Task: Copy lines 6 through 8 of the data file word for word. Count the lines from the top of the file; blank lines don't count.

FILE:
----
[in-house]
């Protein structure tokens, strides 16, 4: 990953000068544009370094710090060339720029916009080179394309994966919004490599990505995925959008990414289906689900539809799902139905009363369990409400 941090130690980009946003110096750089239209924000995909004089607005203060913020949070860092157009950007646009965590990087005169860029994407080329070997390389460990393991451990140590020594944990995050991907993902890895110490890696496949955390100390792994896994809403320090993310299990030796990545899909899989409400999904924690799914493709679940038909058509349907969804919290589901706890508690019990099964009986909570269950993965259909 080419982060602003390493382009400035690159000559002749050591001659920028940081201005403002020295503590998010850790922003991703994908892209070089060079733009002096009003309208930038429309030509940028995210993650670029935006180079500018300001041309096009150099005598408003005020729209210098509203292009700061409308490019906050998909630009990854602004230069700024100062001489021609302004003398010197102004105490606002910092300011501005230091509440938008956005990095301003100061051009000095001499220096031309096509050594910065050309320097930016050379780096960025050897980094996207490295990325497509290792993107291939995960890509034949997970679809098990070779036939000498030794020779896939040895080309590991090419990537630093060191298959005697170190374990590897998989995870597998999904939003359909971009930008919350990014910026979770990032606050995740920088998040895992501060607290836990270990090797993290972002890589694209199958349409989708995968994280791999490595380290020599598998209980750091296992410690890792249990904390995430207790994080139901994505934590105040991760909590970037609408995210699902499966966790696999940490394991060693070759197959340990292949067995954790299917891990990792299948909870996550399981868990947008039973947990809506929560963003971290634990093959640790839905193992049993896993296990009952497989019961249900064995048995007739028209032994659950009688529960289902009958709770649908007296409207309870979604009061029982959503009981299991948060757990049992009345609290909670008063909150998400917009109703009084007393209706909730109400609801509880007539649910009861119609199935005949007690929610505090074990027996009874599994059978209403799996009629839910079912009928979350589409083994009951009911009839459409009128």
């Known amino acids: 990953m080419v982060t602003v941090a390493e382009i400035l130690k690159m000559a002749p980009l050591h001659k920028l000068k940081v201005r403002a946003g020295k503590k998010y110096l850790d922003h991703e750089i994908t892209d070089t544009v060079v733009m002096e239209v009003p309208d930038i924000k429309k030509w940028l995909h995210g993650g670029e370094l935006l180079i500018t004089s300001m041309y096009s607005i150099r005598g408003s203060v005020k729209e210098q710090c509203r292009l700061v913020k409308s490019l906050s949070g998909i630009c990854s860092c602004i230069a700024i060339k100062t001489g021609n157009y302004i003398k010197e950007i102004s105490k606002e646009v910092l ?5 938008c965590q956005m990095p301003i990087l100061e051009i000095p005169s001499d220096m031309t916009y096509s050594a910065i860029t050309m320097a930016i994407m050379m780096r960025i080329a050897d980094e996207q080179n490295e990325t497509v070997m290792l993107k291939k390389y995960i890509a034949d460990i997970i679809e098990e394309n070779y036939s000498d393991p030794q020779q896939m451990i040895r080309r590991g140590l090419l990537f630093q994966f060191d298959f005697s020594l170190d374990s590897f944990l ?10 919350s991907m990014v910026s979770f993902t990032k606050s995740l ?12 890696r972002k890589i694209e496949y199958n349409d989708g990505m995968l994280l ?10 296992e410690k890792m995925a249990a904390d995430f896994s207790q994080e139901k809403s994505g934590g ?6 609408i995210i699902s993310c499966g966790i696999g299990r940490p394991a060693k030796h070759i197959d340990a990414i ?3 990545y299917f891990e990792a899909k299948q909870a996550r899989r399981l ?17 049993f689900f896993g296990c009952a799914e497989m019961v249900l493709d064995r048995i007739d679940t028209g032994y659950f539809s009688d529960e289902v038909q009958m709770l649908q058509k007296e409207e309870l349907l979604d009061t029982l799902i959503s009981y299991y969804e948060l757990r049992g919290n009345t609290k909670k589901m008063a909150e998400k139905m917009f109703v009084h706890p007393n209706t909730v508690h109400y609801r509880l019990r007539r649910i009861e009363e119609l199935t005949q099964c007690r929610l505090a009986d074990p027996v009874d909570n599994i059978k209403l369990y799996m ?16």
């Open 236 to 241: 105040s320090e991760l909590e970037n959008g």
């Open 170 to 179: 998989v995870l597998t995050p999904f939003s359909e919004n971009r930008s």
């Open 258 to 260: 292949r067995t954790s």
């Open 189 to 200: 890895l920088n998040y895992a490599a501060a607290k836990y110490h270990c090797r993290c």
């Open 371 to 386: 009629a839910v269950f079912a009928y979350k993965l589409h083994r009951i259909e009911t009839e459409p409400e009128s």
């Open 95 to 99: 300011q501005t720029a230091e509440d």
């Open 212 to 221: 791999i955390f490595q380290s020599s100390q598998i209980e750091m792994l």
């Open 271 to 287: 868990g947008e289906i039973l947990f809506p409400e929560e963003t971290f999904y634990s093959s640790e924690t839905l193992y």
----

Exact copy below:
């Open 258 to 260: 292949r067995t954790s």
């Open 189 to 200: 890895l920088n998040y895992a490599a501060a607290k836990y110490h270990c090797r993290c």
């Open 371 to 386: 009629a839910v269950f079912a009928y979350k993965l589409h083994r009951i259909e009911t009839e459409p409400e009128s």